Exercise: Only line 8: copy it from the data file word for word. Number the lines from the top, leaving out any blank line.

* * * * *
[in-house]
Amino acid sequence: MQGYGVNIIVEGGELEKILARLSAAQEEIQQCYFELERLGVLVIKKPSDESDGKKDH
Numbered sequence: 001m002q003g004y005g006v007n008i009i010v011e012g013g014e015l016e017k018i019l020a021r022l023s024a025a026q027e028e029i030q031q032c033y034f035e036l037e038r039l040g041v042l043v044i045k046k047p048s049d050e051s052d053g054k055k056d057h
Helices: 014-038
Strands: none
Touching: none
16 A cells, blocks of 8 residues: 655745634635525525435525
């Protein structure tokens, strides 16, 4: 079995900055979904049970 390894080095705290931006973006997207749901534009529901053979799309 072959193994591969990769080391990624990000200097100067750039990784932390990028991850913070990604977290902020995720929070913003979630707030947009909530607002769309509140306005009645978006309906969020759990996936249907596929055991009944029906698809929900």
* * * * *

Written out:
């Protein structure tokens, strides 16, 4: 079995900055979904049970 390894080095705290931006973006997207749901534009529901053979799309 072959193994591969990769080391990624990000200097100067750039990784932390990028991850913070990604977290902020995720929070913003979630707030947009909530607002769309509140306005009645978006309906969020759990996936249907596929055991009944029906698809929900």